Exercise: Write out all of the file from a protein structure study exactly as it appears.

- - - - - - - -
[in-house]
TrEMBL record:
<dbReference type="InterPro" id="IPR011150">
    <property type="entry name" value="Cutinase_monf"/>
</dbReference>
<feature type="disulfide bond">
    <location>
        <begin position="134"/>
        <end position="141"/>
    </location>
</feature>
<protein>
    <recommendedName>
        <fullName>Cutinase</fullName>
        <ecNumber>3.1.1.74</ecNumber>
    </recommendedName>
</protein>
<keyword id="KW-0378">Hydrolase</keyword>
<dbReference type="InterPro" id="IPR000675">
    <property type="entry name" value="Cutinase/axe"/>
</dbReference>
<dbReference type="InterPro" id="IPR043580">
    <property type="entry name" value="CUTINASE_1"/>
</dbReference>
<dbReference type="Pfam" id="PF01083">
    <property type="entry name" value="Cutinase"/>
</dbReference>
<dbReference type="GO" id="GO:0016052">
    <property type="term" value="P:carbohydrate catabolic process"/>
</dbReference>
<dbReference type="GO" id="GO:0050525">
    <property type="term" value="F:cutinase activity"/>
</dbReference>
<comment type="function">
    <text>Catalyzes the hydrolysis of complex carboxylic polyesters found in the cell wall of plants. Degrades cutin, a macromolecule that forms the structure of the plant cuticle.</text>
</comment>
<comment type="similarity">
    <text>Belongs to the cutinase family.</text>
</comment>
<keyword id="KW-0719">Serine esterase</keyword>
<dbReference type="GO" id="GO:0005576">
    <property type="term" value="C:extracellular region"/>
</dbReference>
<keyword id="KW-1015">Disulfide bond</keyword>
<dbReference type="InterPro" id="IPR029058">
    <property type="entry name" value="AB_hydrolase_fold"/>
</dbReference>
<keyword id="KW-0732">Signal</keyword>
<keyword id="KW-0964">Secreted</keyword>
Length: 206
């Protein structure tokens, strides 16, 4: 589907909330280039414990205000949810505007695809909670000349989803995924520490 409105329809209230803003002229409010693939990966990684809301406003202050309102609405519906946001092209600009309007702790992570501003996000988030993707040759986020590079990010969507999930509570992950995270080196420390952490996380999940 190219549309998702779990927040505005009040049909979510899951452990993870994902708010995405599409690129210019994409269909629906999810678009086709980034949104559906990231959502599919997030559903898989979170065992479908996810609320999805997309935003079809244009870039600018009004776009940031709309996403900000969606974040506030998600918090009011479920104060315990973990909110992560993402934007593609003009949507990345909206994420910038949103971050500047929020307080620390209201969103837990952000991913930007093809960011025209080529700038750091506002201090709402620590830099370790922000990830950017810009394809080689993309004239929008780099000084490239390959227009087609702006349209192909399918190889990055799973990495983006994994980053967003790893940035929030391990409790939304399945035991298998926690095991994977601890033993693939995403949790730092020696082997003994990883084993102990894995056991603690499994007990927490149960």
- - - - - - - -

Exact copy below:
[in-house]
TrEMBL record:
<dbReference type="InterPro" id="IPR011150">
    <property type="entry name" value="Cutinase_monf"/>
</dbReference>
<feature type="disulfide bond">
    <location>
        <begin position="134"/>
        <end position="141"/>
    </location>
</feature>
<protein>
    <recommendedName>
        <fullName>Cutinase</fullName>
        <ecNumber>3.1.1.74</ecNumber>
    </recommendedName>
</protein>
<keyword id="KW-0378">Hydrolase</keyword>
<dbReference type="InterPro" id="IPR000675">
    <property type="entry name" value="Cutinase/axe"/>
</dbReference>
<dbReference type="InterPro" id="IPR043580">
    <property type="entry name" value="CUTINASE_1"/>
</dbReference>
<dbReference type="Pfam" id="PF01083">
    <property type="entry name" value="Cutinase"/>
</dbReference>
<dbReference type="GO" id="GO:0016052">
    <property type="term" value="P:carbohydrate catabolic process"/>
</dbReference>
<dbReference type="GO" id="GO:0050525">
    <property type="term" value="F:cutinase activity"/>
</dbReference>
<comment type="function">
    <text>Catalyzes the hydrolysis of complex carboxylic polyesters found in the cell wall of plants. Degrades cutin, a macromolecule that forms the structure of the plant cuticle.</text>
</comment>
<comment type="similarity">
    <text>Belongs to the cutinase family.</text>
</comment>
<keyword id="KW-0719">Serine esterase</keyword>
<dbReference type="GO" id="GO:0005576">
    <property type="term" value="C:extracellular region"/>
</dbReference>
<keyword id="KW-1015">Disulfide bond</keyword>
<dbReference type="InterPro" id="IPR029058">
    <property type="entry name" value="AB_hydrolase_fold"/>
</dbReference>
<keyword id="KW-0732">Signal</keyword>
<keyword id="KW-0964">Secreted</keyword>
Length: 206
């Protein structure tokens, strides 16, 4: 589907909330280039414990205000949810505007695809909670000349989803995924520490 409105329809209230803003002229409010693939990966990684809301406003202050309102609405519906946001092209600009309007702790992570501003996000988030993707040759986020590079990010969507999930509570992950995270080196420390952490996380999940 190219549309998702779990927040505005009040049909979510899951452990993870994902708010995405599409690129210019994409269909629906999810678009086709980034949104559906990231959502599919997030559903898989979170065992479908996810609320999805997309935003079809244009870039600018009004776009940031709309996403900000969606974040506030998600918090009011479920104060315990973990909110992560993402934007593609003009949507990345909206994420910038949103971050500047929020307080620390209201969103837990952000991913930007093809960011025209080529700038750091506002201090709402620590830099370790922000990830950017810009394809080689993309004239929008780099000084490239390959227009087609702006349209192909399918190889990055799973990495983006994994980053967003790893940035929030391990409790939304399945035991298998926690095991994977601890033993693939995403949790730092020696082997003994990883084993102990894995056991603690499994007990927490149960």